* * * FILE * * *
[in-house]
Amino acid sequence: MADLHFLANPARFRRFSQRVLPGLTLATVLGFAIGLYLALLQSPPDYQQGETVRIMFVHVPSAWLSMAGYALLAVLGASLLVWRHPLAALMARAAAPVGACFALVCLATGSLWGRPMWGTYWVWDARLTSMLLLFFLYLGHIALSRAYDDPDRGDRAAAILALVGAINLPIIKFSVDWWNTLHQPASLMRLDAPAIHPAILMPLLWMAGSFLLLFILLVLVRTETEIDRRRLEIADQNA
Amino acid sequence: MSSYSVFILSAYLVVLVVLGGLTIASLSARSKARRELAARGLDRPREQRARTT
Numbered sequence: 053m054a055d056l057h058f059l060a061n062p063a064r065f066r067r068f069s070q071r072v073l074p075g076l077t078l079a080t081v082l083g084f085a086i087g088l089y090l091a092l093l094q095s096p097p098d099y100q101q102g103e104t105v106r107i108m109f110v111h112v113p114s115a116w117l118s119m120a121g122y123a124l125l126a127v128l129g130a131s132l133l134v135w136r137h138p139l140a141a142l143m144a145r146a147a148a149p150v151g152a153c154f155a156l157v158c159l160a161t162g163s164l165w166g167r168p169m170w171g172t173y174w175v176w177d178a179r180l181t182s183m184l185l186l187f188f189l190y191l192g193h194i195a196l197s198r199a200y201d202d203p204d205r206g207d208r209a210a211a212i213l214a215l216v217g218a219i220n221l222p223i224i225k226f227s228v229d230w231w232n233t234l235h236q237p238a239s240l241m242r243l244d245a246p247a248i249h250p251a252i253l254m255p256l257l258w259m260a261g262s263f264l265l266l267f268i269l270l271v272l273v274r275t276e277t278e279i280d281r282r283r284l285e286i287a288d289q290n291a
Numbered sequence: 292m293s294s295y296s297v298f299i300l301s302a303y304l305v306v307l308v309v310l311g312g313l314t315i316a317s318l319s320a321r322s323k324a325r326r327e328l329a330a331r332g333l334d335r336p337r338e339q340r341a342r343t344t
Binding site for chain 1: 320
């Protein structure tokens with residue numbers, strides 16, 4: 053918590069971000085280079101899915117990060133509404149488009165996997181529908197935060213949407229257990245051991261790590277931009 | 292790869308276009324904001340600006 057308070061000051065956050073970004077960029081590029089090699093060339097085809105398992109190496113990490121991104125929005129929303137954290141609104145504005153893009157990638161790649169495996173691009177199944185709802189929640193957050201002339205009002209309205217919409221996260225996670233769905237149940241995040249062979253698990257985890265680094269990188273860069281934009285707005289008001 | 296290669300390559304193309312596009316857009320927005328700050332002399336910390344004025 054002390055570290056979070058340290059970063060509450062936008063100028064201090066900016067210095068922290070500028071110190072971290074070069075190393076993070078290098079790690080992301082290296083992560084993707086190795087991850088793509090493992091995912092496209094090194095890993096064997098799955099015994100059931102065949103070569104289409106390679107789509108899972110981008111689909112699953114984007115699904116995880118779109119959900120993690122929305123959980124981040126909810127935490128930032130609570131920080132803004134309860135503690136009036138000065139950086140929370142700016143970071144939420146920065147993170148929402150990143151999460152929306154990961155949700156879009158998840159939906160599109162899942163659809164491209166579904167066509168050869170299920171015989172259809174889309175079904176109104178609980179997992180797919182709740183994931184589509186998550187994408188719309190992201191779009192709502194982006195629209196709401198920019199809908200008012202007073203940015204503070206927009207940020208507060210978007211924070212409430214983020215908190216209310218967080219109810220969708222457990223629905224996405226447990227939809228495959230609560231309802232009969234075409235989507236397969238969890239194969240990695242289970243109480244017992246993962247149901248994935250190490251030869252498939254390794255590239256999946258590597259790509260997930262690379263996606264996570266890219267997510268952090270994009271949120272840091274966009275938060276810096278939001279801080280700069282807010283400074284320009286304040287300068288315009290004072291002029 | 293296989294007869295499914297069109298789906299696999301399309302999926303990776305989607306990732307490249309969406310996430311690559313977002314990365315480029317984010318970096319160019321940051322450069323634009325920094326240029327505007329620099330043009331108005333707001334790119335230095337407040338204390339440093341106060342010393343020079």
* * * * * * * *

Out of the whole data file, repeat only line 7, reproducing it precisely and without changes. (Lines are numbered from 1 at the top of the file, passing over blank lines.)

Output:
């Protein structure tokens with residue numbers, strides 16, 4: 053918590069971000085280079101899915117990060133509404149488009165996997181529908197935060213949407229257990245051991261790590277931009 | 292790869308276009324904001340600006 057308070061000051065956050073970004077960029081590029089090699093060339097085809105398992109190496113990490121991104125929005129929303137954290141609104145504005153893009157990638161790649169495996173691009177199944185709802189929640193957050201002339205009002209309205217919409221996260225996670233769905237149940241995040249062979253698990257985890265680094269990188273860069281934009285707005289008001 | 296290669300390559304193309312596009316857009320927005328700050332002399336910390344004025 054002390055570290056979070058340290059970063060509450062936008063100028064201090066900016067210095068922290070500028071110190072971290074070069075190393076993070078290098079790690080992301082290296083992560084993707086190795087991850088793509090493992091995912092496209094090194095890993096064997098799955099015994100059931102065949103070569104289409106390679107789509108899972110981008111689909112699953114984007115699904116995880118779109119959900120993690122929305123959980124981040126909810127935490128930032130609570131920080132803004134309860135503690136009036138000065139950086140929370142700016143970071144939420146920065147993170148929402150990143151999460152929306154990961155949700156879009158998840159939906160599109162899942163659809164491209166579904167066509168050869170299920171015989172259809174889309175079904176109104178609980179997992180797919182709740183994931184589509186998550187994408188719309190992201191779009192709502194982006195629209196709401198920019199809908200008012202007073203940015204503070206927009207940020208507060210978007211924070212409430214983020215908190216209310218967080219109810220969708222457990223629905224996405226447990227939809228495959230609560231309802232009969234075409235989507236397969238969890239194969240990695242289970243109480244017992246993962247149901248994935250190490251030869252498939254390794255590239256999946258590597259790509260997930262690379263996606264996570266890219267997510268952090270994009271949120272840091274966009275938060276810096278939001279801080280700069282807010283400074284320009286304040287300068288315009290004072291002029 | 293296989294007869295499914297069109298789906299696999301399309302999926303990776305989607306990732307490249309969406310996430311690559313977002314990365315480029317984010318970096319160019321940051322450069323634009325920094326240029327505007329620099330043009331108005333707001334790119335230095337407040338204390339440093341106060342010393343020079």